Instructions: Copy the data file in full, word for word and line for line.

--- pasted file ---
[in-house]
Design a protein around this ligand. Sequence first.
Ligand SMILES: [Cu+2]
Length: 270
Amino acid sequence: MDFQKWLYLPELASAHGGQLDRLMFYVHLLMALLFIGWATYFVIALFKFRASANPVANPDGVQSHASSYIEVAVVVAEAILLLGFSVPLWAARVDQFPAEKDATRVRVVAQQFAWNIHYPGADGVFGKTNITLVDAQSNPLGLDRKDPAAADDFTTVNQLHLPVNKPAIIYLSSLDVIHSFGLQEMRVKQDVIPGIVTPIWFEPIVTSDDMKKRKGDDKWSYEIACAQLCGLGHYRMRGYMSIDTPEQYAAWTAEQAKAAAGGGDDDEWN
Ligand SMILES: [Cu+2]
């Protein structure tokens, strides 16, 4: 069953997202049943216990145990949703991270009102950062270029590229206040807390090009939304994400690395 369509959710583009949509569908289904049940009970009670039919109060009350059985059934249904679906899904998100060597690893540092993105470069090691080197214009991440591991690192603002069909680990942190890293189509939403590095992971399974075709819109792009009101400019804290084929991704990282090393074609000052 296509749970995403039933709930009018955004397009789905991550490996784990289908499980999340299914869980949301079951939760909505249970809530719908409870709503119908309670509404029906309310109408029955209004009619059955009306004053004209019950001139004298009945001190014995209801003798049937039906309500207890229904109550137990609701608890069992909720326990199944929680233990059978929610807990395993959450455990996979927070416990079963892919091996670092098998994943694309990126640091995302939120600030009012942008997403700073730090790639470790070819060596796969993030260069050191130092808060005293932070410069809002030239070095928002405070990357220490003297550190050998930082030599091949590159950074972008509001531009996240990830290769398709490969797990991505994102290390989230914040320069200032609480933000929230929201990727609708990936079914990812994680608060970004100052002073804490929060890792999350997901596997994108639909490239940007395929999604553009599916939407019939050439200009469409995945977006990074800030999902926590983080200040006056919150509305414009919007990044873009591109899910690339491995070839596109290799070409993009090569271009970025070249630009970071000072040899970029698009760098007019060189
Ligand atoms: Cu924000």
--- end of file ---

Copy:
[in-house]
Design a protein around this ligand. Sequence first.
Ligand SMILES: [Cu+2]
Length: 270
Amino acid sequence: MDFQKWLYLPELASAHGGQLDRLMFYVHLLMALLFIGWATYFVIALFKFRASANPVANPDGVQSHASSYIEVAVVVAEAILLLGFSVPLWAARVDQFPAEKDATRVRVVAQQFAWNIHYPGADGVFGKTNITLVDAQSNPLGLDRKDPAAADDFTTVNQLHLPVNKPAIIYLSSLDVIHSFGLQEMRVKQDVIPGIVTPIWFEPIVTSDDMKKRKGDDKWSYEIACAQLCGLGHYRMRGYMSIDTPEQYAAWTAEQAKAAAGGGDDDEWN
Ligand SMILES: [Cu+2]
């Protein structure tokens, strides 16, 4: 069953997202049943216990145990949703991270009102950062270029590229206040807390090009939304994400690395 369509959710583009949509569908289904049940009970009670039919109060009350059985059934249904679906899904998100060597690893540092993105470069090691080197214009991440591991690192603002069909680990942190890293189509939403590095992971399974075709819109792009009101400019804290084929991704990282090393074609000052 296509749970995403039933709930009018955004397009789905991550490996784990289908499980999340299914869980949301079951939760909505249970809530719908409870709503119908309670509404029906309310109408029955209004009619059955009306004053004209019950001139004298009945001190014995209801003798049937039906309500207890229904109550137990609701608890069992909720326990199944929680233990059978929610807990395993959450455990996979927070416990079963892919091996670092098998994943694309990126640091995302939120600030009012942008997403700073730090790639470790070819060596796969993030260069050191130092808060005293932070410069809002030239070095928002405070990357220490003297550190050998930082030599091949590159950074972008509001531009996240990830290769398709490969797990991505994102290390989230914040320069200032609480933000929230929201990727609708990936079914990812994680608060970004100052002073804490929060890792999350997901596997994108639909490239940007395929999604553009599916939407019939050439200009469409995945977006990074800030999902926590983080200040006056919150509305414009919007990044873009591109899910690339491995070839596109290799070409993009090569271009970025070249630009970071000072040899970029698009760098007019060189
Ligand atoms: Cu924000």